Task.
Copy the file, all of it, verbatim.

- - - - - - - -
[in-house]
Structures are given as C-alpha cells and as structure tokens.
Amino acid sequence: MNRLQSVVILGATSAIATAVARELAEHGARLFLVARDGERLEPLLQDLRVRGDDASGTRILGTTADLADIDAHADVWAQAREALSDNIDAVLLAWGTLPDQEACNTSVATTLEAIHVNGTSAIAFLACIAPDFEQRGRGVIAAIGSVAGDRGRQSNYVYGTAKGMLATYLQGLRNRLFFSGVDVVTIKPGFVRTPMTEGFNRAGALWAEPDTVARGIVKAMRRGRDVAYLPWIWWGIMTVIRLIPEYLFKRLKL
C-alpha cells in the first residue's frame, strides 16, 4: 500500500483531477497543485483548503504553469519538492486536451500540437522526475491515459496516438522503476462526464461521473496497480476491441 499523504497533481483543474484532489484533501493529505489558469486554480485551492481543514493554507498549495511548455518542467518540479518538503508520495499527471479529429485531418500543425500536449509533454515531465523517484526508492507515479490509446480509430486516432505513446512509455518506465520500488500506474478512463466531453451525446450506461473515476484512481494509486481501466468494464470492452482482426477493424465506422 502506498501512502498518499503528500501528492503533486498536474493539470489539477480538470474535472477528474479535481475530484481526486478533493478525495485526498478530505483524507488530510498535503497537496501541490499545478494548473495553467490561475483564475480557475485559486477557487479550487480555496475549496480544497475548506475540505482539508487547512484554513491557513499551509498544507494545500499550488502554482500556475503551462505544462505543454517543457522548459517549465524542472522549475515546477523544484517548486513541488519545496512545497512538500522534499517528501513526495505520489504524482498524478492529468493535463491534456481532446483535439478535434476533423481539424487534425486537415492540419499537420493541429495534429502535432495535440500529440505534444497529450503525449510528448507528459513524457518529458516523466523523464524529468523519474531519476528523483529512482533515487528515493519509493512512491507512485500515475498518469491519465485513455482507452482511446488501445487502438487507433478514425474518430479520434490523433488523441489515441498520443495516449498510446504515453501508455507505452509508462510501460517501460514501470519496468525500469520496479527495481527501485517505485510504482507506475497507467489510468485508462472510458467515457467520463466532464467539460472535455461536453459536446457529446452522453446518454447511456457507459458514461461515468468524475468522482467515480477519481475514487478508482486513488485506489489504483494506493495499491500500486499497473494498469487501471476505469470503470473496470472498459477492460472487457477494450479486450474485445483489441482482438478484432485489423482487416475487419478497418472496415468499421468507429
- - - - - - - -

[in-house]
Structures are given as C-alpha cells and as structure tokens.
Amino acid sequence: MNRLQSVVILGATSAIATAVARELAEHGARLFLVARDGERLEPLLQDLRVRGDDASGTRILGTTADLADIDAHADVWAQAREALSDNIDAVLLAWGTLPDQEACNTSVATTLEAIHVNGTSAIAFLACIAPDFEQRGRGVIAAIGSVAGDRGRQSNYVYGTAKGMLATYLQGLRNRLFFSGVDVVTIKPGFVRTPMTEGFNRAGALWAEPDTVARGIVKAMRRGRDVAYLPWIWWGIMTVIRLIPEYLFKRLKL
C-alpha cells in the first residue's frame, strides 16, 4: 500500500483531477497543485483548503504553469519538492486536451500540437522526475491515459496516438522503476462526464461521473496497480476491441 499523504497533481483543474484532489484533501493529505489558469486554480485551492481543514493554507498549495511548455518542467518540479518538503508520495499527471479529429485531418500543425500536449509533454515531465523517484526508492507515479490509446480509430486516432505513446512509455518506465520500488500506474478512463466531453451525446450506461473515476484512481494509486481501466468494464470492452482482426477493424465506422 502506498501512502498518499503528500501528492503533486498536474493539470489539477480538470474535472477528474479535481475530484481526486478533493478525495485526498478530505483524507488530510498535503497537496501541490499545478494548473495553467490561475483564475480557475485559486477557487479550487480555496475549496480544497475548506475540505482539508487547512484554513491557513499551509498544507494545500499550488502554482500556475503551462505544462505543454517543457522548459517549465524542472522549475515546477523544484517548486513541488519545496512545497512538500522534499517528501513526495505520489504524482498524478492529468493535463491534456481532446483535439478535434476533423481539424487534425486537415492540419499537420493541429495534429502535432495535440500529440505534444497529450503525449510528448507528459513524457518529458516523466523523464524529468523519474531519476528523483529512482533515487528515493519509493512512491507512485500515475498518469491519465485513455482507452482511446488501445487502438487507433478514425474518430479520434490523433488523441489515441498520443495516449498510446504515453501508455507505452509508462510501460517501460514501470519496468525500469520496479527495481527501485517505485510504482507506475497507467489510468485508462472510458467515457467520463466532464467539460472535455461536453459536446457529446452522453446518454447511456457507459458514461461515468468524475468522482467515480477519481475514487478508482486513488485506489489504483494506493495499491500500486499497473494498469487501471476505469470503470473496470472498459477492460472487457477494450479486450474485445483489441482482438478484432485489423482487416475487419478497418472496415468499421468507429